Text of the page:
Most of us have heard of the elusive It girl. She’s charming, charismatic, fashionable and popular. People are drawn to her and she seems to get by in life just by being herself. So it’s no wonder that these It girls have been a source of fascination for more than a century. But where does the It girl come from? The origin of the It girl can actually be found in Classic Hollywood!
In 1927 Elinor Glyn wrote the book It, which was serialized in Cosmopolitan. She described ‘It’ as: ‘That quality possessed by some which draws all others with its magnetic force. With ‘It’ you win all men if you are a woman and all women if you are a man. ‘It’ can be a quality of the mind as well as a physical attraction’. The book was so popular, that Hollywood immediately began working on a movie adaption, with Glyn as an advisor. The movie tells the story of a department store owner who becomes infatuated with one of his employees, a possessor of the ‘It’ quality.
In the book, the ‘It’ character was a man, but for the movie adaption this was changed to a female character. This made all the difference. For the role, they chose the popular actress Clara Bow. Clara was the personification of the Roaring Twenties and writer F. Scott Fitzgerald once said that she had ‘something to stir every pulse in the nation’. The film was an immediate hit and Clara became known as ‘the It girl’. The first in a long line.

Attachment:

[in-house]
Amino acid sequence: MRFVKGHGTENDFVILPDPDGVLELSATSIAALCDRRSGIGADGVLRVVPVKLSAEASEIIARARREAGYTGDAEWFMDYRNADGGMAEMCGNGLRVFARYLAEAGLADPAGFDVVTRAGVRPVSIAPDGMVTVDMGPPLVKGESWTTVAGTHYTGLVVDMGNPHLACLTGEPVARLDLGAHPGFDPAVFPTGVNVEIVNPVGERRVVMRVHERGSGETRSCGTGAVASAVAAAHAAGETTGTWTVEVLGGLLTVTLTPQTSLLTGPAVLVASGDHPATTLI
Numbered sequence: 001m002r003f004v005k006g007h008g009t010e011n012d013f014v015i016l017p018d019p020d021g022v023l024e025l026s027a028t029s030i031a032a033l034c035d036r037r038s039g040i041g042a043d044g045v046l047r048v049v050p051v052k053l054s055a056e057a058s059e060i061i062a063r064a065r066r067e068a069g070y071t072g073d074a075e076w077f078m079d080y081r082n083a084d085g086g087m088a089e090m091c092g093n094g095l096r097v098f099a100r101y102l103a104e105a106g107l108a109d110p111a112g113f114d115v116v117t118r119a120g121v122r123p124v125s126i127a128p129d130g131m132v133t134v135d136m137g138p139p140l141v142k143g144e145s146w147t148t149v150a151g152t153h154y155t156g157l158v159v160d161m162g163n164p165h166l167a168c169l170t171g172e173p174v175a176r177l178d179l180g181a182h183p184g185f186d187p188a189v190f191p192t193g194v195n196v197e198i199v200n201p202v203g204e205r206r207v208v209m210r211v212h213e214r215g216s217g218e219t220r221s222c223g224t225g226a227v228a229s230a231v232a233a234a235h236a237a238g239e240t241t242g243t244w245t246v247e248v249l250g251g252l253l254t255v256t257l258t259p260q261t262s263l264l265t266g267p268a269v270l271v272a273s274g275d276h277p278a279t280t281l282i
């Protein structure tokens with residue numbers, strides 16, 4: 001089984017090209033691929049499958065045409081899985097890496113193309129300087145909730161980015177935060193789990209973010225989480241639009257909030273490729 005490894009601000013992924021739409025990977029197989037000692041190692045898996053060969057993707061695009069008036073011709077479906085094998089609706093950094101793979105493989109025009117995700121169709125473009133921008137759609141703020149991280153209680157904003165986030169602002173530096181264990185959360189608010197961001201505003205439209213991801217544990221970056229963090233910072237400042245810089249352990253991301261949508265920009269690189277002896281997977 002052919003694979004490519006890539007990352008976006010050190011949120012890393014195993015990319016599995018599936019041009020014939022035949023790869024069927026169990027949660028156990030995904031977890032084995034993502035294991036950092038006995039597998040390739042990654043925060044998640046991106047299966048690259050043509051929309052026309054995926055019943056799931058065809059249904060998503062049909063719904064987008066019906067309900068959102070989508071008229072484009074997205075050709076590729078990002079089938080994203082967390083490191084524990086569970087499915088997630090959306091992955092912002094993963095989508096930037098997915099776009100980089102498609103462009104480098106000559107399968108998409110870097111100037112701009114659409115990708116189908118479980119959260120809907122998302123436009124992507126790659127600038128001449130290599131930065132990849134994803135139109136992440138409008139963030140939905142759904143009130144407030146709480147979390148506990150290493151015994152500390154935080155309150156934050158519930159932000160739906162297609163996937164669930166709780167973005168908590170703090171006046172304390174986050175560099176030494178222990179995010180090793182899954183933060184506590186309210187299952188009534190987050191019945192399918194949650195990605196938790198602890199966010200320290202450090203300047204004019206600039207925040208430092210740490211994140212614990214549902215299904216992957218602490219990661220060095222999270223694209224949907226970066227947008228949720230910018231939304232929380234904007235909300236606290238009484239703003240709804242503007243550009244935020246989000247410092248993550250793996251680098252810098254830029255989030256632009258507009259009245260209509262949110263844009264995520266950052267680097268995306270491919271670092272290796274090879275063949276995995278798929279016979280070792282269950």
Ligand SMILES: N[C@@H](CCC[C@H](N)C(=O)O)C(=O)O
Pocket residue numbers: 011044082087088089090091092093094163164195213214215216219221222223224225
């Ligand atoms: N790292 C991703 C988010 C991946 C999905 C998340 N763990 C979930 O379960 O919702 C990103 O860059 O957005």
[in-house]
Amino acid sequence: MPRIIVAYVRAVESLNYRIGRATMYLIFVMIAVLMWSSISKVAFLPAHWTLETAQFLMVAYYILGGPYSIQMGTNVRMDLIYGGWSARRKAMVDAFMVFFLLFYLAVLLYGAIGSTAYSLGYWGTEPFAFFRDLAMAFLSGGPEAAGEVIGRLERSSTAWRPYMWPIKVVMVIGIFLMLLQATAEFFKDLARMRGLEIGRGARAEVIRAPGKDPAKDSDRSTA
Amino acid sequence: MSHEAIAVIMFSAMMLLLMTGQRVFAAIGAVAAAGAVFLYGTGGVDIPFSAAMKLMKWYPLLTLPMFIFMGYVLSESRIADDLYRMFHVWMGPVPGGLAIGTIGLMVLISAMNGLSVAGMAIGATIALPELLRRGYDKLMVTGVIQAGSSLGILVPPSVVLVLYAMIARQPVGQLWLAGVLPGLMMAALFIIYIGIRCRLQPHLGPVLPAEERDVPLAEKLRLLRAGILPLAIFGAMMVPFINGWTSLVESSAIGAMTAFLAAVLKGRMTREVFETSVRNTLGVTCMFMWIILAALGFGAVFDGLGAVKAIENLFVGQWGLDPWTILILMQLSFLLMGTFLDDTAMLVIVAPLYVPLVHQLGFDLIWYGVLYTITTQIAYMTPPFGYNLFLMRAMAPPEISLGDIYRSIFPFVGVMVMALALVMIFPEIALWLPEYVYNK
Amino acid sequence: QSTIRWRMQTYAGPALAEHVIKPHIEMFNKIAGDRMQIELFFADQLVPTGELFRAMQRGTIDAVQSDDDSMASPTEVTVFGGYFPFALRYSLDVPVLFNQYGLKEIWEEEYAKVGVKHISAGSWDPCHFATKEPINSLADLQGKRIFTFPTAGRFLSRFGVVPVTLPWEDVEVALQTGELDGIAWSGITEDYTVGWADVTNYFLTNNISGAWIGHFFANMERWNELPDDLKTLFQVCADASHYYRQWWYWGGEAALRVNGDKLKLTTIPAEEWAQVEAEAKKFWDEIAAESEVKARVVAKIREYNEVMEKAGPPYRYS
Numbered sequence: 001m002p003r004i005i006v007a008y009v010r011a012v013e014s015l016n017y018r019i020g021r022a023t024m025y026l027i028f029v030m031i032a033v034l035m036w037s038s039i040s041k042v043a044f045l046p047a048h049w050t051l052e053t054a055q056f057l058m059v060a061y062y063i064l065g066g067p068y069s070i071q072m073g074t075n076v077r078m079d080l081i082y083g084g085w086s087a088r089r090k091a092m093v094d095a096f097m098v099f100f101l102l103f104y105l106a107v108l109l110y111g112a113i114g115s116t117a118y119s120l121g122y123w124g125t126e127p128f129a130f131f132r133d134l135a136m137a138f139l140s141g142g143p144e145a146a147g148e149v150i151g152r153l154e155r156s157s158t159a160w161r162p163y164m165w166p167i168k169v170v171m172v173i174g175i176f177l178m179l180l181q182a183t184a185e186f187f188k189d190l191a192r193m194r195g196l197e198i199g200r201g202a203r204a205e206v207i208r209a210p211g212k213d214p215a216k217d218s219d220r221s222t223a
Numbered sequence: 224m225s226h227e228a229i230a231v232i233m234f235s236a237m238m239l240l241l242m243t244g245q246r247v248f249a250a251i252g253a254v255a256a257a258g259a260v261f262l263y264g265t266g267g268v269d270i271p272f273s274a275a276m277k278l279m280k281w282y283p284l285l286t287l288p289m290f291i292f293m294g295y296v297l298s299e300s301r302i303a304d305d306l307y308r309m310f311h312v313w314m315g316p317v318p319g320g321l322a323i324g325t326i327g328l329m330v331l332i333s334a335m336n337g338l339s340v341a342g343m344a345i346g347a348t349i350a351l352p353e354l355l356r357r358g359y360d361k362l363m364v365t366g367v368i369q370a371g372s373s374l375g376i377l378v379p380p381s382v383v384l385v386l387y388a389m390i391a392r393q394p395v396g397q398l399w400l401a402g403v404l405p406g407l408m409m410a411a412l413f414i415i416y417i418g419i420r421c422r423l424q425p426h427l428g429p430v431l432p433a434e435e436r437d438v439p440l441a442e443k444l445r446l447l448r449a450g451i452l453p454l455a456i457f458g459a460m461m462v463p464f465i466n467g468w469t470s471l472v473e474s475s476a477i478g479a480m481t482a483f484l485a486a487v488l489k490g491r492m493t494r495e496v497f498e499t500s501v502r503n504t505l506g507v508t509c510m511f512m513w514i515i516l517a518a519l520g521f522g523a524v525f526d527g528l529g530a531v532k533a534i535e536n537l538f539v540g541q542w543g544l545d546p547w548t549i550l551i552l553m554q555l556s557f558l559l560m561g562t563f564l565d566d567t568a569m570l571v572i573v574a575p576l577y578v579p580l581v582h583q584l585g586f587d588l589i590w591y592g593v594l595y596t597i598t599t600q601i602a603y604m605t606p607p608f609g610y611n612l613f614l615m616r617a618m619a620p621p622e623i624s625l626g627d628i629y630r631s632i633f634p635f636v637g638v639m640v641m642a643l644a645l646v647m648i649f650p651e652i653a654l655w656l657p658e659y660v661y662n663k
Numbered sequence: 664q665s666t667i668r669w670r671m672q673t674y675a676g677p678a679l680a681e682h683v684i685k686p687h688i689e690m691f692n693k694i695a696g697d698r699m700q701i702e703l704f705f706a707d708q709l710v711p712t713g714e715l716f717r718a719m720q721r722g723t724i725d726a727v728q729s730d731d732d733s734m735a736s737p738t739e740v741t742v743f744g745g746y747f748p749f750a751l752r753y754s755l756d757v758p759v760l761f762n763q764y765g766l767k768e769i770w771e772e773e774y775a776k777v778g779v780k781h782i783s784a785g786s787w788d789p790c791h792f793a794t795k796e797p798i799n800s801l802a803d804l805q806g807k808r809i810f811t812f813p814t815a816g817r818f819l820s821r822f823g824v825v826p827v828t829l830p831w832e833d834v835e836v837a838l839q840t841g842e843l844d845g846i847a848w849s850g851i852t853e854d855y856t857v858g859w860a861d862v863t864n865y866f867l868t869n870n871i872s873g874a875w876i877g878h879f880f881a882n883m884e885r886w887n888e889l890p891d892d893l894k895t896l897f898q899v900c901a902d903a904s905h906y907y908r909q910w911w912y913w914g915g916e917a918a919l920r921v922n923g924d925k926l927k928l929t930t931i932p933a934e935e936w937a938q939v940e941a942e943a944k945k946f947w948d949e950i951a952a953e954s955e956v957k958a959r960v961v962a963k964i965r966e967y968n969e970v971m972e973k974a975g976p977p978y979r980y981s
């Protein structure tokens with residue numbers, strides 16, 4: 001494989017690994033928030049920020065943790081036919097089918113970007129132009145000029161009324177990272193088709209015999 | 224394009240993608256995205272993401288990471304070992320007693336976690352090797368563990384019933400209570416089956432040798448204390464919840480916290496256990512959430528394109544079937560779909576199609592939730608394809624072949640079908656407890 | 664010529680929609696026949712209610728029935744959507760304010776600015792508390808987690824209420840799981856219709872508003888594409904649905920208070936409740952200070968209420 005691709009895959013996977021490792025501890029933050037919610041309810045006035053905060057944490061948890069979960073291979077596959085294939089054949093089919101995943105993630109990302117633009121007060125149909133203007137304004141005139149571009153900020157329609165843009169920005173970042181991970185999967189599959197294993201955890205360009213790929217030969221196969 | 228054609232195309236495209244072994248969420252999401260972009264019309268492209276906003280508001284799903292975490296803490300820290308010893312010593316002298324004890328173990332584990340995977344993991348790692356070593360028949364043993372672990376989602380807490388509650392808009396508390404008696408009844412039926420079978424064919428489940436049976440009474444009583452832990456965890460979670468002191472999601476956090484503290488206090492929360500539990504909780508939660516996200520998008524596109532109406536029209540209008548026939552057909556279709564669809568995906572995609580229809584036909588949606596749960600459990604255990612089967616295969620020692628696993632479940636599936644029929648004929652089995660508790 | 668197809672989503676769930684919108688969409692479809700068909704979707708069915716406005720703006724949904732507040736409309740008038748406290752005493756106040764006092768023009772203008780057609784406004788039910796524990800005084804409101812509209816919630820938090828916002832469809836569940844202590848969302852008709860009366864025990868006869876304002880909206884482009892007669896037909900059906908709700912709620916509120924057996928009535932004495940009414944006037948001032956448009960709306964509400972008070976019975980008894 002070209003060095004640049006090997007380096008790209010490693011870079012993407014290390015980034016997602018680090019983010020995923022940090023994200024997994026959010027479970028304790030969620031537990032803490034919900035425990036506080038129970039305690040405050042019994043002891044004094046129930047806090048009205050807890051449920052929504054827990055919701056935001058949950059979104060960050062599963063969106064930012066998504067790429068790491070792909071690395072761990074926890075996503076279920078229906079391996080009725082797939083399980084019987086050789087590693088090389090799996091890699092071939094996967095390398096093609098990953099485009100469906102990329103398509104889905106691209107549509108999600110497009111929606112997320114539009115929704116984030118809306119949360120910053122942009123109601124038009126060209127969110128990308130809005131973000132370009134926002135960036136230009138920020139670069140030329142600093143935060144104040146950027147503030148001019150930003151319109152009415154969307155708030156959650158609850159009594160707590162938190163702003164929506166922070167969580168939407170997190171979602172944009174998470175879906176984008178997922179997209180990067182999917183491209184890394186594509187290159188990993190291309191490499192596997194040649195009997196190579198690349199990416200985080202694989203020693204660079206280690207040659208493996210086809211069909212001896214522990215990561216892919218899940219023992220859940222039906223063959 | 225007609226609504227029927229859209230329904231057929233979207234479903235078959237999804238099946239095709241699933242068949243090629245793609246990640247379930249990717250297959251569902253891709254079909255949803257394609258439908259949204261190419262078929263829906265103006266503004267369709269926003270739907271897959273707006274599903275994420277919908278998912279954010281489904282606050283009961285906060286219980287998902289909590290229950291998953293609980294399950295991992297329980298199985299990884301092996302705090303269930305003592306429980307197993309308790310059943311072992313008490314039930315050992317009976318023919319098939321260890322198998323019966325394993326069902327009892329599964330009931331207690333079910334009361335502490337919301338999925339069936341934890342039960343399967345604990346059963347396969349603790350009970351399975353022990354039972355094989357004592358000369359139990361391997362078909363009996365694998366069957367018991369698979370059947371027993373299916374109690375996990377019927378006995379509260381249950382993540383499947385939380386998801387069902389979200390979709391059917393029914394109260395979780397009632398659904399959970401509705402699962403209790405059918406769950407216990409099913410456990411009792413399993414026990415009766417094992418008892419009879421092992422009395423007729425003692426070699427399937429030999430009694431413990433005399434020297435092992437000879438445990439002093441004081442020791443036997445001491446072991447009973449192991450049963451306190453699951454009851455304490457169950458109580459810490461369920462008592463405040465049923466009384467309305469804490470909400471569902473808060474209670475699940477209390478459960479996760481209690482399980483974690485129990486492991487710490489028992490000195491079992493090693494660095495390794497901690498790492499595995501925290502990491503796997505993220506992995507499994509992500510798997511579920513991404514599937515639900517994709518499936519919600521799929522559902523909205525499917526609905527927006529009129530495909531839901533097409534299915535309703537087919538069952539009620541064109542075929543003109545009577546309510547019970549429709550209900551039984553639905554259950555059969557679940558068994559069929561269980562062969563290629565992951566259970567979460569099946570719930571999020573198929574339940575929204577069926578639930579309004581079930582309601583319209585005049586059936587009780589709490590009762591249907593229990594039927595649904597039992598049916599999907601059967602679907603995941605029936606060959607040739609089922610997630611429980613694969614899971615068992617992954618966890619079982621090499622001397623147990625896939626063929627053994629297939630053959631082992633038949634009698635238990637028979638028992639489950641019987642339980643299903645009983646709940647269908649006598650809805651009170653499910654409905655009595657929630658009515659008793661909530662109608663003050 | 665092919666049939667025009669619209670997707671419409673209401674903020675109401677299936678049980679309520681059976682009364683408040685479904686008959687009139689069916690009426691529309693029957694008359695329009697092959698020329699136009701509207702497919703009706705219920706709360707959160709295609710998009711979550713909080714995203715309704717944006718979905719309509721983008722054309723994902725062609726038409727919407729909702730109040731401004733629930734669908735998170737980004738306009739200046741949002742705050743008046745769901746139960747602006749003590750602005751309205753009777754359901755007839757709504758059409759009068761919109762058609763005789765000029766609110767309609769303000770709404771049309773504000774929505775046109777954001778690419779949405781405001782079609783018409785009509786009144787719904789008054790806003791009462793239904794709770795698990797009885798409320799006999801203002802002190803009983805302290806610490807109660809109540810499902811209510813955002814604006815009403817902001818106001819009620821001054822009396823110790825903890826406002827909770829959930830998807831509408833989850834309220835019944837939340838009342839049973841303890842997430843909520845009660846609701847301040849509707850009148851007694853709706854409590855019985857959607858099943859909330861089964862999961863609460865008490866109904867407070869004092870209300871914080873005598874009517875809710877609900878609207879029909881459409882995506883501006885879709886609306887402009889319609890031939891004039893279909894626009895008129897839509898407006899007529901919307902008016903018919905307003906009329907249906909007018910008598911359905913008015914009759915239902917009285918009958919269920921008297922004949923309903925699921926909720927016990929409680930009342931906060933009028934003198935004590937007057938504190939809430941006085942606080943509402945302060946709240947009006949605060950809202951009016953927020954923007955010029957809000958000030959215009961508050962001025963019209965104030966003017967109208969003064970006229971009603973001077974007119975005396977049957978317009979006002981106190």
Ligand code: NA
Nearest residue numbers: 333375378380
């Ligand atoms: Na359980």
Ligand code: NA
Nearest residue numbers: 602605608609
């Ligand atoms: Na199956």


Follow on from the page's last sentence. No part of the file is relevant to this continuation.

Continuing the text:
Clara Bow was born into poverty. Her father was mostly absent, forcing her to take care of her mother who suffered from psychosis and epilepsy. She barely had any friends and to escape she attended movie screenings every week. So it was a real life Cinderella story when Clara found her way to Hollywood and became a star. She was incredibly popular and became the poster girl for the Flapper age. She was known for her vivaciousness and sex-appeal and was a notorious wild child. The ‘It’ movie was perfect for her as it mirrored her own Cinderella story. She played the working-class girl, who had so much charm and sex-appeal, that her rich, handsome boss couldn’t possibly resist her. The public saw Clara in much the same way.
Clara’s personal life was just as, if not even more, interesting to the public than her movies. However, just like many It-girls who would follow her, this would also be her downfall. The current rumor that her Brooklyn accent didn’t do well when she transitioned to talking features are unfounded. Clara released many successful talking features. At this stage of her career she was still the top box office draw in the country and received 45.000 fan letters a week.
But Clara lived fast and wild and made enemies along the way. The public was shocked when her former best friend and secretary Daisy DeVoe went to the press with sordid tales about Clara’s life, filled with sex, alcohol and drugs. This wasn’t the cute wild child they had grown to love, this was too dark for the 1930’s public. Clara’s image and career suffered. The public staged a campaign calling for her studio to fire her, which worked. Though most of DeVoe’s story’s were untrue, the scandal weighed heavily on Clara, who was already struggling with the pressure of fame. A nervous breakdown and a stint in a sanitarium followed. She was the first, but definitely not the last It girl who couldn’t handle the fame and pressure that came with her sought after ‘It’ qualities. She withdrew from Hollywood at the age of 28. She got married and had two children, but was haunted by schizophrenia.
In later years she would peg Marilyn Monroe as her It girl successor.